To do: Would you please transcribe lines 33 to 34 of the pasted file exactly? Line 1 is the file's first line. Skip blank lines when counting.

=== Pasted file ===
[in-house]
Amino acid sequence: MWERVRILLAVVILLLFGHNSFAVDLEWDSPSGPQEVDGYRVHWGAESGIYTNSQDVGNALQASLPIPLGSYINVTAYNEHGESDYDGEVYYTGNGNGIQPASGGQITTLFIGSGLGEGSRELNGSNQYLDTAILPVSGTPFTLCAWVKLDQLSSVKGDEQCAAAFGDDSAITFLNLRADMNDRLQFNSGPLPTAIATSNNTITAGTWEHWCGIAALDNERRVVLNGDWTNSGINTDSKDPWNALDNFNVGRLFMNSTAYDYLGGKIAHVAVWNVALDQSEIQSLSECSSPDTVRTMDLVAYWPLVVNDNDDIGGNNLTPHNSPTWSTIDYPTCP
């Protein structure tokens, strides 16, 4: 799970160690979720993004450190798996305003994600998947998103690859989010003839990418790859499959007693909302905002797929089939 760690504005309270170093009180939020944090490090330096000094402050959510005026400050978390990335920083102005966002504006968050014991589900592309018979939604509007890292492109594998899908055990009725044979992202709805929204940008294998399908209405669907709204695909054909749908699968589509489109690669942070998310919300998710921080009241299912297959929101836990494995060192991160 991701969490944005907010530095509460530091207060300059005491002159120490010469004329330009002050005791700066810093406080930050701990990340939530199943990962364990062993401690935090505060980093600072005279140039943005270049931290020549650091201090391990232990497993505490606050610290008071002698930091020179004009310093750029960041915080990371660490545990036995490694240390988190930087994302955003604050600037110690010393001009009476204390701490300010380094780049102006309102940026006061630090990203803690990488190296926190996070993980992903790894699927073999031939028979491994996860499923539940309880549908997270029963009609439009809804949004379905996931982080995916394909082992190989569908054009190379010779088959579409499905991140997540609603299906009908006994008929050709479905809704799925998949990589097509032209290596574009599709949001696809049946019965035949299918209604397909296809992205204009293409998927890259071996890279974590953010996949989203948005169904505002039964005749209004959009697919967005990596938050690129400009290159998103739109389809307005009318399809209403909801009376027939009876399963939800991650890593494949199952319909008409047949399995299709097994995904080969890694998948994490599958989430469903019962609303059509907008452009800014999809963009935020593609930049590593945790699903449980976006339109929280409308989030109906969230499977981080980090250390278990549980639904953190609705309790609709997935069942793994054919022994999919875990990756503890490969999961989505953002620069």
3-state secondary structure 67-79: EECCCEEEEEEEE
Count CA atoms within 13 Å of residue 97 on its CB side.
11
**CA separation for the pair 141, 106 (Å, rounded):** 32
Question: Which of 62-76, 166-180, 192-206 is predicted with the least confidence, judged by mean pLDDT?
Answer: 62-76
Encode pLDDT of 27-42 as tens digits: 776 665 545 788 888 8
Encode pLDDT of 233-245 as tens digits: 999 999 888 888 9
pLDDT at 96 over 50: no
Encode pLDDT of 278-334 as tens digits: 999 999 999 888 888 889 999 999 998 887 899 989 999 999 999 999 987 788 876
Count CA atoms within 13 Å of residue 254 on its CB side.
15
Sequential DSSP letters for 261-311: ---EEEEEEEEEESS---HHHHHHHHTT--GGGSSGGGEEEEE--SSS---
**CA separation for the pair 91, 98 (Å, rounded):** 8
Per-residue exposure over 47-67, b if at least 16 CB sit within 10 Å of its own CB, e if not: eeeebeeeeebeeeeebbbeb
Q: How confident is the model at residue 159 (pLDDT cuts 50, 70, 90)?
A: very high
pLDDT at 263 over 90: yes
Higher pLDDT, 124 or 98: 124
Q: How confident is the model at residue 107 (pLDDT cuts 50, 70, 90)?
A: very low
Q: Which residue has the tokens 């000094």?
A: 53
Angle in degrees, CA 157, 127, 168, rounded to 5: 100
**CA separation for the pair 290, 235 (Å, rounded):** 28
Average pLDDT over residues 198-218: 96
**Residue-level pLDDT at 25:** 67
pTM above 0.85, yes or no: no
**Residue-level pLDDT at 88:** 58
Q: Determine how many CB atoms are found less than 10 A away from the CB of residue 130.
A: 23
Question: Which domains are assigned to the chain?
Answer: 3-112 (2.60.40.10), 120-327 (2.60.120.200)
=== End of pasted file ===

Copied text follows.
Q: Determine how many CB atoms are found less than 10 A away from the CB of residue 130.
A: 23